The next three days were spent creating and comparing multiple representations. There were four examples in the notebook where they were given a verbal representation, equation, table, and graph, respectively, and expected to come up with the other three representations based on that. The one they struggled the most with was verbal! Last year’s students struggled to identify patterns and create equations, but this year there was difficulty in being precise enough with their language to correctly describe the situation.

The next week of this unit focused on x- and y-intercepts and domain and range. I just discovered this awesome lesson idea for domain and range AFTER I taught it, of course (found it on this awesome resource) but overall I think that domain and range went really well. The students understand the concept behind each, but some are still struggling with algebraically finding x- and y-intercepts and when to use set vs. algebraic notation when describing domain and range. I think the domain and range is partially due to the fact that I got called out midway through lessons two days in a row during this week of instruction… Also, interval notation is an Algebra 2 standard in Virginia, but the other Algebra 1 teachers and myself decided we would at least show it to our students.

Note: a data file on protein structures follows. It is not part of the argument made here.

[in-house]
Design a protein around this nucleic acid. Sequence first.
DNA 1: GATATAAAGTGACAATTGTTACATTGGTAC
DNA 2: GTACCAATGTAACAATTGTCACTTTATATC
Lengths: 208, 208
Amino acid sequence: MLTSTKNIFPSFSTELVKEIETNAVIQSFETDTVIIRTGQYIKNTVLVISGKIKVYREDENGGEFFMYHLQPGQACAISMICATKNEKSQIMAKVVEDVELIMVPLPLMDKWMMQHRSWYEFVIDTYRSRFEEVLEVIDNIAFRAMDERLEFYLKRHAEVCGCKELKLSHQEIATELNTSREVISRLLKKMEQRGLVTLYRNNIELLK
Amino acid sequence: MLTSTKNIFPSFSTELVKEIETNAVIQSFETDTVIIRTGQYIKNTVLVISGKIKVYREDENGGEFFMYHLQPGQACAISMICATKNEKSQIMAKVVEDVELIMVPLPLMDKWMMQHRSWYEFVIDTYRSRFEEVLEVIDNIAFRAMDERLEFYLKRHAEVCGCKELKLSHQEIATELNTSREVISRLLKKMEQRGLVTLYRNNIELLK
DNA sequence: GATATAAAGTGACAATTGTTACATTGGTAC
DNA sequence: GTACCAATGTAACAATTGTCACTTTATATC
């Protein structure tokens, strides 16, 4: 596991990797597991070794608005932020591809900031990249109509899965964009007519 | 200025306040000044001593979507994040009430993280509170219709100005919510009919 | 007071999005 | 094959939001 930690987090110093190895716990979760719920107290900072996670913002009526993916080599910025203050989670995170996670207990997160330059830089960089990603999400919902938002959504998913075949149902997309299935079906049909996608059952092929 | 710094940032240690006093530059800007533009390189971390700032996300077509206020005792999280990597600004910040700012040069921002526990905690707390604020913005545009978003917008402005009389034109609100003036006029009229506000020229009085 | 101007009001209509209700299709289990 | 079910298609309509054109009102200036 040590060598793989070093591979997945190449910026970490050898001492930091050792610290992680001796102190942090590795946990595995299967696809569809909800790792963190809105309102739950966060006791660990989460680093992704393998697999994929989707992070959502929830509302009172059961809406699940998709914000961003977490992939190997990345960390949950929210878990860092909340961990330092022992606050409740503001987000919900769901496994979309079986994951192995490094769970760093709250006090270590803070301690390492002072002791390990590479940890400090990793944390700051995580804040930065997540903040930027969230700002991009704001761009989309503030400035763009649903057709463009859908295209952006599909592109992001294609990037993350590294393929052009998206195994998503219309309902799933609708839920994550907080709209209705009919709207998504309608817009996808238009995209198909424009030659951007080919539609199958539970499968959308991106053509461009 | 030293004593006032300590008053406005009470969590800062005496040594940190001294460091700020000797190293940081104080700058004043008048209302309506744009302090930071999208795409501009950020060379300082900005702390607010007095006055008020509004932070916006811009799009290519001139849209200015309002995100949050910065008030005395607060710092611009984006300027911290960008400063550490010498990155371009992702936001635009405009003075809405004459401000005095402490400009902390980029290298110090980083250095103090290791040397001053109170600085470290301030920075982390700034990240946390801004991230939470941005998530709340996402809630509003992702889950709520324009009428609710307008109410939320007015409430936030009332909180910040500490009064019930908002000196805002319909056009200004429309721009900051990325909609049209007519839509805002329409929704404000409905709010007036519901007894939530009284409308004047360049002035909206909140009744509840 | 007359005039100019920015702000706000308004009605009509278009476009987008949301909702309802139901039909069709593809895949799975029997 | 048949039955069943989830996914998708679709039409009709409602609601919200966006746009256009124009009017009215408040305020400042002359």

The last day of instruction was spent discussing inverse functions and translating word problems into equations and solving them. We had two half days during this unit otherwise I would have found some sort of fun game or two to play!